Why do we tend to sleep less as we age?

ValueMags is an agency in the business of providing services to magazines publishers. Their major activities are to increase revenues of these publishers and build relationships with partners. A tactic they have is to give away a magazine to the public for a limited time. This month is it Popular Science and a few other ones.

Popular Science has published an article this month on the amount of sleep we get as we age. It is true that as we get older, we sleep less but no one has really understood why that is. The question is do older adults sleep less because they need less of it or they simply cannot get enough of it. The University of California at Berkeley hypothesis the latter; they believe that due to brain mechanisms that change as we age, we are not able to get the essential amount of sleep.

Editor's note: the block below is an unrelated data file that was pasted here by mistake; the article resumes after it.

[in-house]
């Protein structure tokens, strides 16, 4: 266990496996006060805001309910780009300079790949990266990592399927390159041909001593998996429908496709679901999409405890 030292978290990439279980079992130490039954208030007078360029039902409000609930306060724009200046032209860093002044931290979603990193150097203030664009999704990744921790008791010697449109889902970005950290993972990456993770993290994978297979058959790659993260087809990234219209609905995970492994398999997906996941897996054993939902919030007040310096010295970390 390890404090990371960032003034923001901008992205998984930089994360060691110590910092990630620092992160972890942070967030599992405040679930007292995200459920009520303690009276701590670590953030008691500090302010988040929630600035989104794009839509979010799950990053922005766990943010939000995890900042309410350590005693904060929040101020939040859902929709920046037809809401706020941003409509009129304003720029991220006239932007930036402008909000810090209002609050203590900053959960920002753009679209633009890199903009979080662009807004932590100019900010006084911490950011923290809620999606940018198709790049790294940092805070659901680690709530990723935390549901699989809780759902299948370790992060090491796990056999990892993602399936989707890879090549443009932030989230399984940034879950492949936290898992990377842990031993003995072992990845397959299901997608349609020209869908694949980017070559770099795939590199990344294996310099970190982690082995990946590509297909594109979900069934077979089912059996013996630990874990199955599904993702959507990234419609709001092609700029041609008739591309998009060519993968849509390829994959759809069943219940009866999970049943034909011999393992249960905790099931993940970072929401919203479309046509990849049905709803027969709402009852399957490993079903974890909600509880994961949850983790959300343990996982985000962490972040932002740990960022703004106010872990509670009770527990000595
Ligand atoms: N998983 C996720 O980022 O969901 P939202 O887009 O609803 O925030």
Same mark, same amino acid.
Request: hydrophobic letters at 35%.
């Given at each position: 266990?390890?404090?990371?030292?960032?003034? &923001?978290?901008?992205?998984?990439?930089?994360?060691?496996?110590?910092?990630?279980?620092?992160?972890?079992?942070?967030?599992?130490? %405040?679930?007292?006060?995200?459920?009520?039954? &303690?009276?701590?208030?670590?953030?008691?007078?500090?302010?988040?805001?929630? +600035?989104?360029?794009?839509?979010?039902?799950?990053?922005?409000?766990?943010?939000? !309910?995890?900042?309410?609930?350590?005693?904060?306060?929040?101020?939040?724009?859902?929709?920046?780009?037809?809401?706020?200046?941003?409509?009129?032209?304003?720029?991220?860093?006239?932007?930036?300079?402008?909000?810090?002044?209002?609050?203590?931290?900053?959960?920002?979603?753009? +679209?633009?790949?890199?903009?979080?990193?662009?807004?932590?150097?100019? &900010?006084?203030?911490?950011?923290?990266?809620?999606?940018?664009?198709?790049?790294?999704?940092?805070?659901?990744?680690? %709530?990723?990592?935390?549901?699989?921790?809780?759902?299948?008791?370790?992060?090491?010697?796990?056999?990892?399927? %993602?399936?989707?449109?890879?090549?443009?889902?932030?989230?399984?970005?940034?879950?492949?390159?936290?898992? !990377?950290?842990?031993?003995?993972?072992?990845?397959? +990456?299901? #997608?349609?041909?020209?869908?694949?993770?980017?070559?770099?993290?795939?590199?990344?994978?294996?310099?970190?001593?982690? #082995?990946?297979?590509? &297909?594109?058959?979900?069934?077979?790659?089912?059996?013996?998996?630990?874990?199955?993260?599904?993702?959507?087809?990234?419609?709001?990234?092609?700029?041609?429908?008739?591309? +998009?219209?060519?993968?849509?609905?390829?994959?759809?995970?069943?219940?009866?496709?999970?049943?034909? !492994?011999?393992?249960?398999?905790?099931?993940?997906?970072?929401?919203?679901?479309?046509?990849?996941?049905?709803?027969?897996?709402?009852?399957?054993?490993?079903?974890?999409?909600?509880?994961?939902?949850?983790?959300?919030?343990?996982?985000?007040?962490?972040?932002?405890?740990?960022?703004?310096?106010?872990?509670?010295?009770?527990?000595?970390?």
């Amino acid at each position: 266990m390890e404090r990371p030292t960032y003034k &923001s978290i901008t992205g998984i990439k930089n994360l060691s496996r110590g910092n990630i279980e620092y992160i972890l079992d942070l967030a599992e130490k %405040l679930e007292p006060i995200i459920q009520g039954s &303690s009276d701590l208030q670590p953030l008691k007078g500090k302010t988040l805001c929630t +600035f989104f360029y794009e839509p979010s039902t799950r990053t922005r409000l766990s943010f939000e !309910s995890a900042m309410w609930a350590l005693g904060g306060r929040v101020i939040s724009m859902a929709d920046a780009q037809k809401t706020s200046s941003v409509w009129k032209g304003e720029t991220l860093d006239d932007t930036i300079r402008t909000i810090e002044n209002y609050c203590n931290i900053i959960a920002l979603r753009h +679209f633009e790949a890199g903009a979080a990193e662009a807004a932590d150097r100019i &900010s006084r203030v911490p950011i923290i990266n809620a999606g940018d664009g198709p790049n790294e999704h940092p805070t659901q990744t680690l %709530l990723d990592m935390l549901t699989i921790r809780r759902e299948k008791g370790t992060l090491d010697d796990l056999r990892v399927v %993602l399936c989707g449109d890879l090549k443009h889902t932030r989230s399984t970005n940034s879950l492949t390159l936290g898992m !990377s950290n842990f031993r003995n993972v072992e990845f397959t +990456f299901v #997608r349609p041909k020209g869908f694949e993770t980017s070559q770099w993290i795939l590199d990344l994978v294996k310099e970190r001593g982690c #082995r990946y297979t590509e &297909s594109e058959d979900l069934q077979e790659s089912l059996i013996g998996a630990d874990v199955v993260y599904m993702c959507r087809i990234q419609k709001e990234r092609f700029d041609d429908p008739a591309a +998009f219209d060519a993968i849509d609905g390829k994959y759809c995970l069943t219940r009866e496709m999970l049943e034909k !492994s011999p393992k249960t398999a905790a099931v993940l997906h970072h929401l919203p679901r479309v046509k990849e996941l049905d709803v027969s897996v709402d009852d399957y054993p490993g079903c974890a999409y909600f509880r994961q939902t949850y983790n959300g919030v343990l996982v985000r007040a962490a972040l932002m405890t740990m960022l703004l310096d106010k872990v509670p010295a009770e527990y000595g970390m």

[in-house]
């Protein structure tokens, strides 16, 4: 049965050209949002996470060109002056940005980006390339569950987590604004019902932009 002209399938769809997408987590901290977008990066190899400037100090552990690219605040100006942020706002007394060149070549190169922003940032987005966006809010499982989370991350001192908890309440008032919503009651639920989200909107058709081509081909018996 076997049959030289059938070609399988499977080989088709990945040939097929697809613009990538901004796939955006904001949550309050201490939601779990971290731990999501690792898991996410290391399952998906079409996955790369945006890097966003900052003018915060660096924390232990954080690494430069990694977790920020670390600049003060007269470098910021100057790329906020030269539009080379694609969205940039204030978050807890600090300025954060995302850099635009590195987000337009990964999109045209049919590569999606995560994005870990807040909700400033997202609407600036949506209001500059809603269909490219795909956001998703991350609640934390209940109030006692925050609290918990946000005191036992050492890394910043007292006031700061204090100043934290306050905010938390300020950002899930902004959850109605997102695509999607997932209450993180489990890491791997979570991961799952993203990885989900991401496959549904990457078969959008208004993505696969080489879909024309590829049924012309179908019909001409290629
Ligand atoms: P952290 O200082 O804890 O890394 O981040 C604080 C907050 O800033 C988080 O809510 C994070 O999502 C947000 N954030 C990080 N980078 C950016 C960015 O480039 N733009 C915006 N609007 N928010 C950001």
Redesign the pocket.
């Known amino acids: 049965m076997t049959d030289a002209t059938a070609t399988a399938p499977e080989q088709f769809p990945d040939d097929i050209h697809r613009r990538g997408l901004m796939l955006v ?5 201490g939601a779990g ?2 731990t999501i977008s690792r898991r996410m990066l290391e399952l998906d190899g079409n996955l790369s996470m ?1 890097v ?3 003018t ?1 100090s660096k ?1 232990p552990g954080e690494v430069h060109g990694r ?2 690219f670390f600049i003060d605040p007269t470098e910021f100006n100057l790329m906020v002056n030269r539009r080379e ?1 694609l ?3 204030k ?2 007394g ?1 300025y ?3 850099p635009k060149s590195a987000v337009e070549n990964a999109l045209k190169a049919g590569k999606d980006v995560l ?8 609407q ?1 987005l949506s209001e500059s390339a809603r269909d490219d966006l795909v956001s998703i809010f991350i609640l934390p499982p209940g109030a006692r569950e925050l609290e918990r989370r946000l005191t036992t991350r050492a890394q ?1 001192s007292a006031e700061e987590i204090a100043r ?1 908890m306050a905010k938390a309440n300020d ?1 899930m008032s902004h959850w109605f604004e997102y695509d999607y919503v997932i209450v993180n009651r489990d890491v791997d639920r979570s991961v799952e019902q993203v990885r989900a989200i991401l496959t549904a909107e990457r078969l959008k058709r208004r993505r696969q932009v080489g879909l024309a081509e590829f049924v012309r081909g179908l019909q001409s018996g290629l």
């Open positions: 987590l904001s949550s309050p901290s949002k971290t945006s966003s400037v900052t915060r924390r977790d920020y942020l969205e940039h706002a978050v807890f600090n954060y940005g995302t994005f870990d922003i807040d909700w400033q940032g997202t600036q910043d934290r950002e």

With this research, it would be possible to give them a platform to advance medication to target this issue and there may be therapies already available to treat sleep deprivation. Every single species on earth needs some kind of sleep according to the lead researcher Matthew Walker. He is the head of sleep and neuroimaging at the laboratory at Berkeley. What this means is that sleep has evolved as our lives did. When you think about it, evolutionarily, sleep is not the best thing you can do for survival since you are unconscious and you are not foraging or socializing and on top of it are vulnerable to predators.

The truth about sleep is that it is vital to life itself since it is still in existence after all this time in humankind. Our organs and regulatory system needs sleep to function properly. Recently, there have been a lot of causal links found between lack of sleep and a long list of diseases like cardiovascular diseases, diabetes, and obesity. But there is still the fact that as humans’ age, our ability to get a good night sleep declines.

With the research found by Walker and his colleagues, they argue that it is due to the loss of neuronal connections in the brain that pick up on sleepiness cues. They even tested sleep with younger and older mice and their chemical signals. The results were the same for all ages but the only disconnect is the receptors in the brain.